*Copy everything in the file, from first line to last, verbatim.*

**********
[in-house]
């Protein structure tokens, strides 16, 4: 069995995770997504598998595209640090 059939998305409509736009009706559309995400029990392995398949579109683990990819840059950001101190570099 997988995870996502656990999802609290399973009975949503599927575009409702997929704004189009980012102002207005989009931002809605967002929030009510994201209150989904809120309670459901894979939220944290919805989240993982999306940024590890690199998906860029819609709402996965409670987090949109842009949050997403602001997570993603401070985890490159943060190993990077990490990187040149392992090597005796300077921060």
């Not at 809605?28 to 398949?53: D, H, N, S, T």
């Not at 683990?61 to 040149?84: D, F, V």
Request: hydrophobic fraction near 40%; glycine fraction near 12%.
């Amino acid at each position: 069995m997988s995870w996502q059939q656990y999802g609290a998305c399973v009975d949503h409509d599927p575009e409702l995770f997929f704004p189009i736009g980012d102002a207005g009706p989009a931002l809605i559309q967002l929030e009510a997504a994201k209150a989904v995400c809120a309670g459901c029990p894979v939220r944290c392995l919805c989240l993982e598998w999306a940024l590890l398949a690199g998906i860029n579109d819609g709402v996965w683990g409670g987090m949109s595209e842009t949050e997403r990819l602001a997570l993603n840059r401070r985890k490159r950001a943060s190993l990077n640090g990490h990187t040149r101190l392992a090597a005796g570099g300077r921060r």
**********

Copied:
[in-house]
């Protein structure tokens, strides 16, 4: 069995995770997504598998595209640090 059939998305409509736009009706559309995400029990392995398949579109683990990819840059950001101190570099 997988995870996502656990999802609290399973009975949503599927575009409702997929704004189009980012102002207005989009931002809605967002929030009510994201209150989904809120309670459901894979939220944290919805989240993982999306940024590890690199998906860029819609709402996965409670987090949109842009949050997403602001997570993603401070985890490159943060190993990077990490990187040149392992090597005796300077921060």
């Not at 809605?28 to 398949?53: D, H, N, S, T």
């Not at 683990?61 to 040149?84: D, F, V």
Request: hydrophobic fraction near 40%; glycine fraction near 12%.
């Amino acid at each position: 069995m997988s995870w996502q059939q656990y999802g609290a998305c399973v009975d949503h409509d599927p575009e409702l995770f997929f704004p189009i736009g980012d102002a207005g009706p989009a931002l809605i559309q967002l929030e009510a997504a994201k209150a989904v995400c809120a309670g459901c029990p894979v939220r944290c392995l919805c989240l993982e598998w999306a940024l590890l398949a690199g998906i860029n579109d819609g709402v996965w683990g409670g987090m949109s595209e842009t949050e997403r990819l602001a997570l993603n840059r401070r985890k490159r950001a943060s190993l990077n640090g990490h990187t040149r101190l392992a090597a005796g570099g300077r921060r």